In another chilling message to Pakistani politicians willing to speak out for the rights of suffering minorities, extremists on Wednesday murdered the country's Minister of Minorities. The assassination of Shahbaz Bhatti, the only Christian in the ruling cabinet, came just two months after the slaying of Punjab governor Salmaan Taseer, shot 27 times by his own bodyguard because he had called for changes in a blasphemy law used to persecute religious minorities. Bhatti was killed when gunmen ambushed his vehicle outside his home. And in both cases, the killers gleefully boasted that the same fate awaits anyone else who dares challenge their brutally intolerant brand of Islam.
For Pakistan's Christians, the assassination is a grim reminder of the peril that attaches to merely practicing their faith. "We've been attacked many, many times in our history," says Shimon Gill, a member of the All Pakistan Minority Alliance. "But now we have been orphaned. Who will speak up for us now?" Gill, a campaigner who had worked alongside Bhatti to secure the rights of Pakistan's minorities, says that the minister had long endured threats to his life. Those threats, however, had escalated after Bhatti joined forces with Taseer to speak in defense of Aasia Noreen, a Christian farm laborer sentenced to death under the draconian blasphemy laws. "Bhatti was undaunted," says Gill. "He told us that he was prepared to be martyred for our cause." In his home village, Bhatti's supporters came out on to the streets to torch tyres, beat their chests in protest and denounce his killers.
Militants linked to the Pakistani Taliban are suspected to be behind the assassination. Before the killers sped away in a car, they left pamphlets at the scene, proclaiming that "The only punishment for blasphemy against the Prophet is death". Bhatti's attempts to have Pakistan's blasphemy laws repealed was itself, in the eyes of his killers, an act of blasphemy. The pamphlet says that the assassination was a warning to "infidels" and "apostates". It was signed by "The organization of Al-Qaeda and the Punjabi Taliban," an odd formulation, combining the global jihadist group and the Punjabi branch of the Pakistani Taliban. Some of the language the document used to revere Islam's Prophet, however, is more commonly associated with the milder Barelvi sect, which is followed by the majority of Pakistani Muslims and is at odds with the more austere Deobandi school of Islam favored by the local Taliban. Mumtaz Qadri, Taseer's confessed assassin, was a Barelvi.
Bhatti had predicted his own death, saying in a recently recorded video, "The forces of violence, militant banned organization, the Taliban and al-Qaeda, want to to impose the radical philosophy in Pakistan. Whoever stands against their radical philosophy, they threaten them." Bhatti insisted he was ready to "die for a cause", adding that he wanted defend the rights of his beleaguered community. "These threats and these warning cannot change my opinion and principles, he said. I would prefer to die for my principles, and for the justice of my community, rather than compromise on these threats."
In the weeks since Taseer's slaying, Pakistan's government has rushed to distance itself from the more tolerant advocacy associated with the slain governor and with Bhatti. A parade of ministers has repeatedly insisted that the ruling Pakistan Peoples Party (PPP) to which both Taseer and Bhatti belonged would not touch the blasphemy laws. The government had hoped the controversy over the controversial laws would die down. "Clearly the government was wrong," says Ali Dayan Hasan of Human Rights Watch. In the time that has passed, the religious right composed of disparate and often fractious sects has forged rare consensus over the issue of blasphemy and taken to the streets of Pakistans cities in tens of thousands. Qadri, Taseer's assassin, has been celebrated as a hero. Banned terror organizations such as the Lashkar-e-Taiba, blamed for the November 2008 Mumbai massacre, have joined them. And for the past month, they have sustained their fury by focusing it on the demand for the execution of Raymond Davis, a CIA contractor registered as a diplomat who killed two Pakistanis in January but says he acted in self-defense and who has claimed diplomatic immunity with the support of the U.S. government.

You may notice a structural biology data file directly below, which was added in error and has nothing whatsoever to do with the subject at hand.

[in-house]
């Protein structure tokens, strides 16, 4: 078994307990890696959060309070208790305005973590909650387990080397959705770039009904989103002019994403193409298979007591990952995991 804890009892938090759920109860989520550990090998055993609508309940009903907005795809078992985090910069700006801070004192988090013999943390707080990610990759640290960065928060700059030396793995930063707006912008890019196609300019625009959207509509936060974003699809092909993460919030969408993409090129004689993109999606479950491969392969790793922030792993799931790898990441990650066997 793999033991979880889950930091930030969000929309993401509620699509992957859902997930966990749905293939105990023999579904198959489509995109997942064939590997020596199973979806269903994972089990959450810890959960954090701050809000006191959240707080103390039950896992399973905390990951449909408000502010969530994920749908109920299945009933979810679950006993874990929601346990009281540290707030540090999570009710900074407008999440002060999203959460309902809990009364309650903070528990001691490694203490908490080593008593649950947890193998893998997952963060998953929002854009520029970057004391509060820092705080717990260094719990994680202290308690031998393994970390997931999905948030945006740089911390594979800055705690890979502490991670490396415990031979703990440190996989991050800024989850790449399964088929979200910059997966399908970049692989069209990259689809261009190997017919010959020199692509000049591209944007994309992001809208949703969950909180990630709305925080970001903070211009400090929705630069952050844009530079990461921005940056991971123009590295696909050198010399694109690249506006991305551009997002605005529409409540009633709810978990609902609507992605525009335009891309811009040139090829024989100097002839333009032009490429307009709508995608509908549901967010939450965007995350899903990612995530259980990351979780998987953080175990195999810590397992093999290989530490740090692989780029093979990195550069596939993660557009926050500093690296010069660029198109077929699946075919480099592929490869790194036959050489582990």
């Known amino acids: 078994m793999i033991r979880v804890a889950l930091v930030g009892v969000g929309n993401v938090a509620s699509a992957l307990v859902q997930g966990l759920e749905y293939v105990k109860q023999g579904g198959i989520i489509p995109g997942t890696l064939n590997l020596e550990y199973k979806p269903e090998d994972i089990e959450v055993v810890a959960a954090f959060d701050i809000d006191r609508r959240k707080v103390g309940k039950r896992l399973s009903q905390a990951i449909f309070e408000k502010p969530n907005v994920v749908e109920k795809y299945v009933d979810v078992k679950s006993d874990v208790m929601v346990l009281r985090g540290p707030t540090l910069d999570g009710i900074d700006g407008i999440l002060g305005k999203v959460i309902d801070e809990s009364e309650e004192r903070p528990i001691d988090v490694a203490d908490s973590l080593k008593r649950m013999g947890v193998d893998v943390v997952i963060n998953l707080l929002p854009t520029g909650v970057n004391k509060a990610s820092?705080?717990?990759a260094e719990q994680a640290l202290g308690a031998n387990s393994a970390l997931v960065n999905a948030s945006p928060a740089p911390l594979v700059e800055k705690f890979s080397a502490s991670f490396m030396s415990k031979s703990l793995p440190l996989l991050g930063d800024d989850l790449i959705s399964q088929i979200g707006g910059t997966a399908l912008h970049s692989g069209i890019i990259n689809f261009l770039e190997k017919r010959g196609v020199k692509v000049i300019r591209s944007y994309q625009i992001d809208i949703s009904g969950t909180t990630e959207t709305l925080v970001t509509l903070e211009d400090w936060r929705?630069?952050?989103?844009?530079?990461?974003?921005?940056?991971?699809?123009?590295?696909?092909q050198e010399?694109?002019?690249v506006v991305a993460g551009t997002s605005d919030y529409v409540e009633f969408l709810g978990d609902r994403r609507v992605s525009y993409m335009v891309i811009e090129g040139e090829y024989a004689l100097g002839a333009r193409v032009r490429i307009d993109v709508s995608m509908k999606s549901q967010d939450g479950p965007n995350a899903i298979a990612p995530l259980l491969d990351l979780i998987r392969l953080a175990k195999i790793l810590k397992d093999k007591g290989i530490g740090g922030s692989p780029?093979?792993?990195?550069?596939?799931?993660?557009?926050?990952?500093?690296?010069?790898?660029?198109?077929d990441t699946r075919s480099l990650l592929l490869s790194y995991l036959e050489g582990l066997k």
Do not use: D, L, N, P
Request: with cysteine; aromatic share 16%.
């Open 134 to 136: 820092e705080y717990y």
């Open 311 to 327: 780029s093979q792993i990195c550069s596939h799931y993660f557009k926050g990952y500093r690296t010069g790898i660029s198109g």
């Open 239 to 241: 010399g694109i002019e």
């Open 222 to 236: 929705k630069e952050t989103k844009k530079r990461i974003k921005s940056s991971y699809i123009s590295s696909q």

"The government has chosen to pursue a policy of appeasement in order to keep itself in power," laments Hasan of Human Rights Watch. "This policy is misguided and self-defeating. If the last three months are any indication, President Asif Ali Zardari may be the last man standing. The problem is that he wont be standing for very long. If one by one, the people who are supposed to uphold the politics of tolerance remain silent, they will have no viable prospects left." Bhatti's assassins warn in their pamphlet that they will "pick out" others from Zardari's "infidel government" and dispatch them "to hell" in the same manner.
The assassination also appears to have vanquished any hopes of reclaiming the secular Pakistan envisioned by its founder, Muhammad Ali Jinnah. "Jinnah's Pakistan died long ago," says Gill. The tragedy for Pakistan's minorities, adds Hasan, is that many of them don't have the option to leave. "They will have to live here regardless," he says. "The issue is not that they will become second class citizens, because they have been second class citizens for many, many years."
Still, Gill and other Christians remain resolute. "We refuse to be frightened," he says, his voice thick with emotion. "We have lost Bhatti, but we have not lost his philosophy. We are clear. We will continue to fight for our rights. Bhatti's martyrdom will give us the strength to do so."